Somewhere along the way

We met through an exchange of memories,
then a gate opened rapidly into a new beginning
between two new people.

Miracles did enter our lives
swiftly and quietly
allowing us to
honor the past
cherish the future together.

We will marry July 23rd and would welcome your presence

Judith Eklund
Dave Palmer

July 23, 2000
4:00 p.m.

Westminster Presbyterian Church
349 North Market Boulevard
Chehalis, Washington

Reception to follow

As we share our beginning with the gift of life any gifts
honoring this union
lovingly belong in Ellen Luttrell-Palmer's name to either:

International Myeloma Foundation
2129 Stanley Hills Drive
Los Angeles, CA 90046

The Sisters of St. Mary of Oregon
4440 S.W. 148th
Beaverton, OR 97007

There have been a few inquiries about how I came to the end of grieving, met Judith, and proposed marriage. Ellen died February 8, 2000. I am writing this on July 17, 2000. On that day in February I wrote to you:

"Ellen began a new journey this morning, with new wings, perhaps a new form - but certainly the same wonderful soul.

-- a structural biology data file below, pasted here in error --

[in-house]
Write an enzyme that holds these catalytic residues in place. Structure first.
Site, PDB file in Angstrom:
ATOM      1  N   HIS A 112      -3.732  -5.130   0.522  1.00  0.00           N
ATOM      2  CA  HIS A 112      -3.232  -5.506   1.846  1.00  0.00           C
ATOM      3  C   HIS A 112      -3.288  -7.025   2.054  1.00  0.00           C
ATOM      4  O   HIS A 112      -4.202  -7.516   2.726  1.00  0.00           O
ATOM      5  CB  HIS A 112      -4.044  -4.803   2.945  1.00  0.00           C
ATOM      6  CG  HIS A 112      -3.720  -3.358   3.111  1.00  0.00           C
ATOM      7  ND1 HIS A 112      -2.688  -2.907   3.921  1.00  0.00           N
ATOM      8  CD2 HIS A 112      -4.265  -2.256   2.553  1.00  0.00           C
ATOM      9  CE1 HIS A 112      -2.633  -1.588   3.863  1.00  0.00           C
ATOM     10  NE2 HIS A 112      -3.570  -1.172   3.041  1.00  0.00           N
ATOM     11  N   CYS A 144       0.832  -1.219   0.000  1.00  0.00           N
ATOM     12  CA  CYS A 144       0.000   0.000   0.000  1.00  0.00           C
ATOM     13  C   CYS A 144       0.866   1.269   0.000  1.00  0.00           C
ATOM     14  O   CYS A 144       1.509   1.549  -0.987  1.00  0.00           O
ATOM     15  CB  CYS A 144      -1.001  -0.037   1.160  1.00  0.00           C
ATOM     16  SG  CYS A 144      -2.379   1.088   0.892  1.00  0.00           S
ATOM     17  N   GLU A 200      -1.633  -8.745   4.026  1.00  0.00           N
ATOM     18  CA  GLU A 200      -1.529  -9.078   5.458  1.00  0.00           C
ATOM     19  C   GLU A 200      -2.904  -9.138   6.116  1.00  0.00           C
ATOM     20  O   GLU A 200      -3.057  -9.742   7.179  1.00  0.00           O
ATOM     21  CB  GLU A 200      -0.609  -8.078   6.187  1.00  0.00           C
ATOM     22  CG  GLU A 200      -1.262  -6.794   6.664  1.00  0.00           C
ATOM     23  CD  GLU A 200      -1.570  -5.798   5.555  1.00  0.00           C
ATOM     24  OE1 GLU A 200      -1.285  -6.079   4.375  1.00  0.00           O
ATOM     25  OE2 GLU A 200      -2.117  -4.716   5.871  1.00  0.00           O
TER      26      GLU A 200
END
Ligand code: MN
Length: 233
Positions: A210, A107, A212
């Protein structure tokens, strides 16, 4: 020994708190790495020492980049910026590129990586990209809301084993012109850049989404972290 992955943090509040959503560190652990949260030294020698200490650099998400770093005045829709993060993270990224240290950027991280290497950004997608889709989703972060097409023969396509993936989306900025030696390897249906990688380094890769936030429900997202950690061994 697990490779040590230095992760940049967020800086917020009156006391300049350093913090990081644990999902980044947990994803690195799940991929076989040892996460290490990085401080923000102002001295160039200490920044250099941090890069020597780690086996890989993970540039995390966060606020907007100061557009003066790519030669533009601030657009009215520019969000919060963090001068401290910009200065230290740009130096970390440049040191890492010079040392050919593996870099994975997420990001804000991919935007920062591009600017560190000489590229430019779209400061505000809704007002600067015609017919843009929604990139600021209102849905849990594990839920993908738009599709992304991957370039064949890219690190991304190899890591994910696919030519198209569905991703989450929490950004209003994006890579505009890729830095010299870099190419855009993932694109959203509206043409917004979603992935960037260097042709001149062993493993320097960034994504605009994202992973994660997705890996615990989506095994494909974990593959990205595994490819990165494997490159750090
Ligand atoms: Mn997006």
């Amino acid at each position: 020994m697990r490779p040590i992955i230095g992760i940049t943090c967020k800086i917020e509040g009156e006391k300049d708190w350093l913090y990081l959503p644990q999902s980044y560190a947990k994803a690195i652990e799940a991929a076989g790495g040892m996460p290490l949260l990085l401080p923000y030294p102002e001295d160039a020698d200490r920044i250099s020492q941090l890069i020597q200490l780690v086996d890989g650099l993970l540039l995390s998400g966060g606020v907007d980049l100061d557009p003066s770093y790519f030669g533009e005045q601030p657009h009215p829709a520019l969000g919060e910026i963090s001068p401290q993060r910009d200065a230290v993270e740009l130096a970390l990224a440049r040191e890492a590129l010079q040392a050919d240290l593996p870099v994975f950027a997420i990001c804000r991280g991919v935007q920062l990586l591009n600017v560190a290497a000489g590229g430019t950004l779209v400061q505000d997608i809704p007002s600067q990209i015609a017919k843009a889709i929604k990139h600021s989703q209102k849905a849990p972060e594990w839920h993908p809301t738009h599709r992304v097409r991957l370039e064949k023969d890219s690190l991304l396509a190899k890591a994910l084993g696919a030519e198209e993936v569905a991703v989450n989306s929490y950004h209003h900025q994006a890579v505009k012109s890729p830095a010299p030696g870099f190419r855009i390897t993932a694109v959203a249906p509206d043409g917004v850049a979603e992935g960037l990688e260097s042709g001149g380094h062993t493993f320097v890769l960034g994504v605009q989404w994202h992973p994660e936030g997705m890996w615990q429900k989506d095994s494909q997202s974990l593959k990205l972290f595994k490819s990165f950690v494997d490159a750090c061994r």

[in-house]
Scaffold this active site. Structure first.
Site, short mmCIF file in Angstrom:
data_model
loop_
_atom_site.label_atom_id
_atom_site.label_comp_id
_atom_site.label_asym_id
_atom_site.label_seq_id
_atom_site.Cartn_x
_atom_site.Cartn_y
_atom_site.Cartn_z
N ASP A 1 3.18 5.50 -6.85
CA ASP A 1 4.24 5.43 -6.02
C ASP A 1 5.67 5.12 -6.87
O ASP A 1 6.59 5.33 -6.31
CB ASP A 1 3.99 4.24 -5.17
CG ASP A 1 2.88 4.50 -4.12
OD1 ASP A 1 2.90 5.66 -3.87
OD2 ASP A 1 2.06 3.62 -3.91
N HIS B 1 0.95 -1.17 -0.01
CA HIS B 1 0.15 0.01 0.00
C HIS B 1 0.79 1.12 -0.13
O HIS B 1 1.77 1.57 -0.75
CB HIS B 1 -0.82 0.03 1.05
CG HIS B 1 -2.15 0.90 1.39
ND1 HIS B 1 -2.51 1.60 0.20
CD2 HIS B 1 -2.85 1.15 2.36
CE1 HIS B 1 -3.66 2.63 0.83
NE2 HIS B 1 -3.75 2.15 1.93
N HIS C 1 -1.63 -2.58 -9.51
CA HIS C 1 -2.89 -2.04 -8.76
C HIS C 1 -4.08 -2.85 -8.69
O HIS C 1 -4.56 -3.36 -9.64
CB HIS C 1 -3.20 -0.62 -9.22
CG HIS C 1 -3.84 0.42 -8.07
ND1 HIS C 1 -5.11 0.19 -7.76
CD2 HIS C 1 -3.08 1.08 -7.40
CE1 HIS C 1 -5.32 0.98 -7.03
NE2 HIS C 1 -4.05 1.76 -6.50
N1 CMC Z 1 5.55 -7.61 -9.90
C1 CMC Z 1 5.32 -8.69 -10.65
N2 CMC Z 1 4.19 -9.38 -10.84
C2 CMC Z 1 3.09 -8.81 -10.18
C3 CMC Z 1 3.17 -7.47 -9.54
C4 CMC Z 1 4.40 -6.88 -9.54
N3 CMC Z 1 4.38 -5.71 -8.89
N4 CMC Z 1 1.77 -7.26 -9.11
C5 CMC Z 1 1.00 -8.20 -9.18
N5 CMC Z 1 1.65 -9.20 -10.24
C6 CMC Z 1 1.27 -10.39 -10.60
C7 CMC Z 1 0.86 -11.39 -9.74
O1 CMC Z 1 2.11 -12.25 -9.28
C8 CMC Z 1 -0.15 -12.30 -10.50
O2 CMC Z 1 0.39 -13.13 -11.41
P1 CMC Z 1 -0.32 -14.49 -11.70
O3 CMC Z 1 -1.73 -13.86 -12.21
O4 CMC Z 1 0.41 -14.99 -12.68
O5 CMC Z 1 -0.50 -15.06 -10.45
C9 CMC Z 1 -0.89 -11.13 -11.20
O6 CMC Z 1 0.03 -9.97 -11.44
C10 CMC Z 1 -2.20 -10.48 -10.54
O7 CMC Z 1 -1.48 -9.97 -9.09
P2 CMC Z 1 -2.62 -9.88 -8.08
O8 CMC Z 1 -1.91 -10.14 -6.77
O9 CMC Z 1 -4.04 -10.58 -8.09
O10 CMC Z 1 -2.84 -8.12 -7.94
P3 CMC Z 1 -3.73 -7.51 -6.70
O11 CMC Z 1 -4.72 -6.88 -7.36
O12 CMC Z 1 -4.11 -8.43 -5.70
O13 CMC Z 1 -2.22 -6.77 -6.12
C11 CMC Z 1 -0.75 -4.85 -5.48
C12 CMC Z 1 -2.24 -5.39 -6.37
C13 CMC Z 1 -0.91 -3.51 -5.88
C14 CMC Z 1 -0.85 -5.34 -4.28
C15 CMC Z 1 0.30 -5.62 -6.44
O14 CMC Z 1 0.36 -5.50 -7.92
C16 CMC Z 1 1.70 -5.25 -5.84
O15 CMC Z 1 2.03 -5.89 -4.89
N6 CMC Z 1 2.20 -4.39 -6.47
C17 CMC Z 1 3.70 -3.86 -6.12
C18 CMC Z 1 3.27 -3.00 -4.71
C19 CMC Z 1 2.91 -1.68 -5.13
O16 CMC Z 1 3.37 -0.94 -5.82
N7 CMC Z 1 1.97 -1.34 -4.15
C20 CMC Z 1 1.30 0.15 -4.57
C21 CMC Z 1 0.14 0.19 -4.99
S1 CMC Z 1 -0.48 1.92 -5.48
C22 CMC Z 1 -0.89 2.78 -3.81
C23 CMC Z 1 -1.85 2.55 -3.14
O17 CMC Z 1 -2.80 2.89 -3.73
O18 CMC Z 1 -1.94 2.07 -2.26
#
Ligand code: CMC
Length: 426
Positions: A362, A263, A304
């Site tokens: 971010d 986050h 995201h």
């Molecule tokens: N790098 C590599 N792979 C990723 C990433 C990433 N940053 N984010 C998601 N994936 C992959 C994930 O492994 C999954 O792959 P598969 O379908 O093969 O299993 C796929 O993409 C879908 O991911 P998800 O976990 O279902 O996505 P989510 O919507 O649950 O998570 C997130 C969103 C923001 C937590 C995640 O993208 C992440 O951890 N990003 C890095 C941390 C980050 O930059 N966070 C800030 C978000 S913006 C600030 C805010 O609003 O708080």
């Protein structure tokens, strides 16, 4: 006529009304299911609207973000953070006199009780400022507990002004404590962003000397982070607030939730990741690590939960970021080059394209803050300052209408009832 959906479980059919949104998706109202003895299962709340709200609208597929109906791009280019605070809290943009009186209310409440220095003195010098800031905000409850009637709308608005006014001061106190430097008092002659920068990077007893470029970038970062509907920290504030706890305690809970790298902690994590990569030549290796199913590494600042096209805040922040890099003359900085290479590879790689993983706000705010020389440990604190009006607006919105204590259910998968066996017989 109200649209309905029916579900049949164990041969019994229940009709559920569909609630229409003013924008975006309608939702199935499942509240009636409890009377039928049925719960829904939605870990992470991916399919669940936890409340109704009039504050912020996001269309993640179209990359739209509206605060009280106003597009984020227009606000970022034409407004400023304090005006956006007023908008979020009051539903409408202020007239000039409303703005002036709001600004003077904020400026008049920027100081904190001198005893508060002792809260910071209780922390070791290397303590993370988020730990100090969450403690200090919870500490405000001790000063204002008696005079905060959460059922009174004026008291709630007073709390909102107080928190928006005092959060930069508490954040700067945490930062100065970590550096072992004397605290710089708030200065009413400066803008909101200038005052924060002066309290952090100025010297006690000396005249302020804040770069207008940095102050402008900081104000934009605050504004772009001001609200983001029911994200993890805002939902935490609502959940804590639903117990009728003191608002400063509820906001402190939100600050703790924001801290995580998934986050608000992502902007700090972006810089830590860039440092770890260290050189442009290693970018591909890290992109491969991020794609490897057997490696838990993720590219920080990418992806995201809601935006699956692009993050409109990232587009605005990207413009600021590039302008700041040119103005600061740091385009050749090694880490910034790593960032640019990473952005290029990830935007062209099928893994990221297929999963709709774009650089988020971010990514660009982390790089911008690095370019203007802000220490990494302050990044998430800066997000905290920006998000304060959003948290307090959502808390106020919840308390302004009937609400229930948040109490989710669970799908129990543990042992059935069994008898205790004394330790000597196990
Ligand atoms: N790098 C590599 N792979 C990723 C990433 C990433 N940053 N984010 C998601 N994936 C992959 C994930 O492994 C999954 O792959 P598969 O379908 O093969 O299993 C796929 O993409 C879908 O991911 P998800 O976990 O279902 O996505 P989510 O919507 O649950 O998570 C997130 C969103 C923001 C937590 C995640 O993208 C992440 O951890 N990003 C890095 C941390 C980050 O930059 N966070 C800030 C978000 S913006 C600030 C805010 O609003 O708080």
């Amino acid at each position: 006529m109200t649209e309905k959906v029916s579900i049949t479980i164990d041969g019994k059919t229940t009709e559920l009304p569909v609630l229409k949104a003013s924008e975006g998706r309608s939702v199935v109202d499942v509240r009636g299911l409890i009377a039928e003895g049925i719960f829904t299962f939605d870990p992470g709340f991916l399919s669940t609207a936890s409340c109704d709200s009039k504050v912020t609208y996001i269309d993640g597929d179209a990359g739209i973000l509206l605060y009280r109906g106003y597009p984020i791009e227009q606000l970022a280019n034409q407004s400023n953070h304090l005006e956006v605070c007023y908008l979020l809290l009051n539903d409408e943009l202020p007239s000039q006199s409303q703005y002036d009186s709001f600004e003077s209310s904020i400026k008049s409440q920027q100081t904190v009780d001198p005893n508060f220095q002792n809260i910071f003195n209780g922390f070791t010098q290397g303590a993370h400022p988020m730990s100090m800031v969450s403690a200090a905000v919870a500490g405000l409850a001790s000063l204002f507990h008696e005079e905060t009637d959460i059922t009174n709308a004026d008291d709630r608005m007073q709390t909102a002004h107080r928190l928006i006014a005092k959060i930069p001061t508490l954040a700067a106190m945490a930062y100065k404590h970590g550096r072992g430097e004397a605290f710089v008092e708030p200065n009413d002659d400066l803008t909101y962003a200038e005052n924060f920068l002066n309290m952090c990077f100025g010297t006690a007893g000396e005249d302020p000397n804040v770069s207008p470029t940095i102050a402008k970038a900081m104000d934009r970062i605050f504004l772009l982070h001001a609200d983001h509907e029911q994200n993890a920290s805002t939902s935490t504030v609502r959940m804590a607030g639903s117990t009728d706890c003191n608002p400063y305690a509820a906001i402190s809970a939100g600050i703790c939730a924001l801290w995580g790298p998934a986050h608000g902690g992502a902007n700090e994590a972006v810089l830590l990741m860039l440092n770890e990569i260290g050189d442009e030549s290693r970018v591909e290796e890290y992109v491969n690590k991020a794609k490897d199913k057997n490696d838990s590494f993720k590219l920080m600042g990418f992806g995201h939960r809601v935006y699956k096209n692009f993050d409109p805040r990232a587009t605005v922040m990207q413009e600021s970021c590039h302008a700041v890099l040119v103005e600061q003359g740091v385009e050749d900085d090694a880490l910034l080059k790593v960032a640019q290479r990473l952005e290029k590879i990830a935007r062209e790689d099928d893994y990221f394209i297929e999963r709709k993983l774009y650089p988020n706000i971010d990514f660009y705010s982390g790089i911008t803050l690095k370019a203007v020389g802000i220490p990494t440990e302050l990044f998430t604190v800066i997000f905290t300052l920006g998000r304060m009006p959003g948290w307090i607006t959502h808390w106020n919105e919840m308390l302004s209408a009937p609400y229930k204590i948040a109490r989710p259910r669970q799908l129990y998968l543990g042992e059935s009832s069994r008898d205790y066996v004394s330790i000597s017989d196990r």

We were not ready to start a journey in separate worlds, but God provided a path and Ellen was able to choose to follow it, with all my love and support.

Our 4 year journey was aided and comforted by dozens if not hundreds of you. You are a gift of immeasurable value. I will always be in your debt.

Her new journey began at 7:30 a.m., very quietly and with a great deal of peace. A compassionate emergency room staff aided me in one of the decisions no caregiver ever wants to exercise.

Our cancer support group is led by a minister and a MSW, and a second hospital minister befriended us over the months. With their love and support my separate road started with prayers, compassion and realistic support - and I am thankful for that. "

More than a few people have wondered about my sanity, stability and overall mental health. I don't question their concerns, and it is healthy for me to share my experiences.

The events of February 8 were not something Ellen or I ever dreamed of and God knows I would have sold my soul to the devil to have changed that day to continue the romance, love and dreams that Ellen and I shared.

As you will find out there are no secrets - and as I've learned the nice thing about telling the truth is you don't have to remember what you said. I hope this tale is easy to read and accepted simply as a view of events.

Shortly after Ellen died I was in possession of a wealth of wonderful craft supplies and clothing. Rather than dump it on family members or try and sell it for a profit, I listened to what I knew Ellen would say. She had a strong sense of community and she had a long history of volunteering and giving to others.

That made the decision to donate her gifts an easy one. I worked with two senior centers (Elma, WA and Chehalis, WA) and the Oakville clothing bank.